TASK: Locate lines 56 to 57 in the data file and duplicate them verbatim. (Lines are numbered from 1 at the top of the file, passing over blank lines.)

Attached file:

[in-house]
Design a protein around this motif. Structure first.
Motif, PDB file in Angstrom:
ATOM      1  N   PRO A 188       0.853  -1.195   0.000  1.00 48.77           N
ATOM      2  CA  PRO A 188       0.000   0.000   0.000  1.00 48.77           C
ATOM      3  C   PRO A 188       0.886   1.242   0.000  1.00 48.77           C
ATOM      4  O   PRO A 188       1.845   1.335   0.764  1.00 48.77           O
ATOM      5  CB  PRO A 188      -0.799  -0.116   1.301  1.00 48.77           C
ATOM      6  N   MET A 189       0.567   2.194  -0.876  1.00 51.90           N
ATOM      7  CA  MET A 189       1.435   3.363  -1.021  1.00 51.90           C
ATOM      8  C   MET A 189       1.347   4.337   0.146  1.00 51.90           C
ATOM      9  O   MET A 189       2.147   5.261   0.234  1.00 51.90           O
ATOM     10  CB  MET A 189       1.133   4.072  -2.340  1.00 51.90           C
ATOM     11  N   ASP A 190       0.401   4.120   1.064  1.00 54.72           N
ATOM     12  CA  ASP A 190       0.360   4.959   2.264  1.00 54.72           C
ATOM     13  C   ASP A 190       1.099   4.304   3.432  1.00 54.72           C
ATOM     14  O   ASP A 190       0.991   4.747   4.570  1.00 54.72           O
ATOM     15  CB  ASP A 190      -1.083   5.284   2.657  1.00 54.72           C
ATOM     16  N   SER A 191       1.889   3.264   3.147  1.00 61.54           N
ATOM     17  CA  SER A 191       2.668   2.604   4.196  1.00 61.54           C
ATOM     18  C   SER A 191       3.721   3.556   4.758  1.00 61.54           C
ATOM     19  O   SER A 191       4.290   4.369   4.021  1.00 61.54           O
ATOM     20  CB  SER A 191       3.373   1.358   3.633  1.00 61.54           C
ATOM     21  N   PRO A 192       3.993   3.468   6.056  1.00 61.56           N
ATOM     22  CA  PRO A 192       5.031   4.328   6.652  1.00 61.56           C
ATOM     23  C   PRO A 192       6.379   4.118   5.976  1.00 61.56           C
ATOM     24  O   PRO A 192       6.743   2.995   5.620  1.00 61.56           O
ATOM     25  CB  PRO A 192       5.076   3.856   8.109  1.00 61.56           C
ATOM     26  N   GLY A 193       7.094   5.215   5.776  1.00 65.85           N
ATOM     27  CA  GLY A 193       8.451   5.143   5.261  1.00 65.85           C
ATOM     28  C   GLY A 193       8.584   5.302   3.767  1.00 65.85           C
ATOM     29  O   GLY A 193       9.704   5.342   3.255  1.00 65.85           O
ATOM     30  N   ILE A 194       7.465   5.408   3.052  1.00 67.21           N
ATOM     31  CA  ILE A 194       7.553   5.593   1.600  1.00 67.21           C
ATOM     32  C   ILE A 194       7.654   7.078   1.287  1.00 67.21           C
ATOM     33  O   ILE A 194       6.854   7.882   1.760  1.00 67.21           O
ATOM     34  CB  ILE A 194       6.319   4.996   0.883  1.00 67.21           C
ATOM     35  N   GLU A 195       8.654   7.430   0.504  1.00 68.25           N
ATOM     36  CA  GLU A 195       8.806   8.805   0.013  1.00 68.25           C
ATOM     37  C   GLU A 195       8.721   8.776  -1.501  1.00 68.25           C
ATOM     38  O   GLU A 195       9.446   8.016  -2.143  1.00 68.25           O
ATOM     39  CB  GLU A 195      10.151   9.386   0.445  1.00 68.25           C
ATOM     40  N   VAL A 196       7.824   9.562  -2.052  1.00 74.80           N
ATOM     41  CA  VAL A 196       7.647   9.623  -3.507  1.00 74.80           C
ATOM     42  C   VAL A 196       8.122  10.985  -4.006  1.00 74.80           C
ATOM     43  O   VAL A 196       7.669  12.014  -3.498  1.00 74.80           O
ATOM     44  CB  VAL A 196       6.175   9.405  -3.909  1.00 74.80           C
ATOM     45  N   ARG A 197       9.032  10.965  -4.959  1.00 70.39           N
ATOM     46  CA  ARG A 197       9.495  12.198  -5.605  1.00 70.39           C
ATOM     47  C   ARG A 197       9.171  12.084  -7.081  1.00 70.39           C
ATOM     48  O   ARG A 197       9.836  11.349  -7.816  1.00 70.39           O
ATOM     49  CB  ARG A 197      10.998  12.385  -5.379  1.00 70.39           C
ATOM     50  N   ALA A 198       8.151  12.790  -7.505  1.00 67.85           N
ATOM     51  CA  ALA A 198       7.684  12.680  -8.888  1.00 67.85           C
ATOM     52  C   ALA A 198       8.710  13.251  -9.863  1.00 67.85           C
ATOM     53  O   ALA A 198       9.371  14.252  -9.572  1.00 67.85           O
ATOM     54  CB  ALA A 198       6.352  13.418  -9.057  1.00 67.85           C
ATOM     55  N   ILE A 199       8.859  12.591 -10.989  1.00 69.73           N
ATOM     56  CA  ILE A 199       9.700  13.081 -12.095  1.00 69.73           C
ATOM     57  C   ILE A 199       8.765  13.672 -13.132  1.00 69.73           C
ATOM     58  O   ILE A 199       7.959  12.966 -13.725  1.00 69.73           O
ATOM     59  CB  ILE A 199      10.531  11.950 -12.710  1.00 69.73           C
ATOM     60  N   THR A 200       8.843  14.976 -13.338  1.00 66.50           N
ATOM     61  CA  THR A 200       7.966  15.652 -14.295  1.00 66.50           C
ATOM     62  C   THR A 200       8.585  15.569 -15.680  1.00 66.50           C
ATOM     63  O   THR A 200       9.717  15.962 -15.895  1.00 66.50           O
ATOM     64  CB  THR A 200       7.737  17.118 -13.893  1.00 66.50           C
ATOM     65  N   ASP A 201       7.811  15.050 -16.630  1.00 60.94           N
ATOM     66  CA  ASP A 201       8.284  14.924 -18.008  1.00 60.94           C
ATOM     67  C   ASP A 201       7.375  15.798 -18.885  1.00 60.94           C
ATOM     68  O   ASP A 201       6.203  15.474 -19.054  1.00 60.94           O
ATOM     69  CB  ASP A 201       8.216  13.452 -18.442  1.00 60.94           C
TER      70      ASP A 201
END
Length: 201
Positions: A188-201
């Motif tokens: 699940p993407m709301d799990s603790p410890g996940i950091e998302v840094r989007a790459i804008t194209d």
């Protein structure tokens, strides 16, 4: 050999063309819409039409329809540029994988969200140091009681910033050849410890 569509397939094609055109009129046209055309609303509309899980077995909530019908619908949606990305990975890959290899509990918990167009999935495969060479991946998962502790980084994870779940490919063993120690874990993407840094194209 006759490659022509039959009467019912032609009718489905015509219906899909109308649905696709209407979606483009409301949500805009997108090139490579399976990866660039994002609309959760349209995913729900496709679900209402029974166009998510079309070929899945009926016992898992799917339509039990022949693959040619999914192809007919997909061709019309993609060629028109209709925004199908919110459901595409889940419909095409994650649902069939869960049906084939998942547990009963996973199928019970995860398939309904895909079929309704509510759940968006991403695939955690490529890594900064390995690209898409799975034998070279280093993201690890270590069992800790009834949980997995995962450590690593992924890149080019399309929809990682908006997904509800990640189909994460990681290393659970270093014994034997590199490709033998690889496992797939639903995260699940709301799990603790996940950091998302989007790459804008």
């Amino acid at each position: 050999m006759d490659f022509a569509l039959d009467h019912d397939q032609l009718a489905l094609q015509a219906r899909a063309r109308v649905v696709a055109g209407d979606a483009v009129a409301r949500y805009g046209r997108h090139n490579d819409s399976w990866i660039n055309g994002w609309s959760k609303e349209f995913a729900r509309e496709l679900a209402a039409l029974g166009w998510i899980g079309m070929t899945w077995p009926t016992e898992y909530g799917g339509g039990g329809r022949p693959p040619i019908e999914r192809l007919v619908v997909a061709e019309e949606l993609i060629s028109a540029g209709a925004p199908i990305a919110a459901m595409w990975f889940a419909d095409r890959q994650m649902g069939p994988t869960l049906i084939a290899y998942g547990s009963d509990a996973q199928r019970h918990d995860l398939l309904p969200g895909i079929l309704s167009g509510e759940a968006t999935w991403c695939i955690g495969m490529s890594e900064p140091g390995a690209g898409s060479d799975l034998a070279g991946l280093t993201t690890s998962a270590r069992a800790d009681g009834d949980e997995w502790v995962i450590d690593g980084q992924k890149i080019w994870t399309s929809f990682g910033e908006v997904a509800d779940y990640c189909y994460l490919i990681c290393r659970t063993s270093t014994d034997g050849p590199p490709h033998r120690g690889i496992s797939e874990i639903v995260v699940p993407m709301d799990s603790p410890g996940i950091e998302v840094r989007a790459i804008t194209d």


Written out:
ATOM     53  O   ALA A 198       9.371  14.252  -9.572  1.00 67.85           O
ATOM     54  CB  ALA A 198       6.352  13.418  -9.057  1.00 67.85           C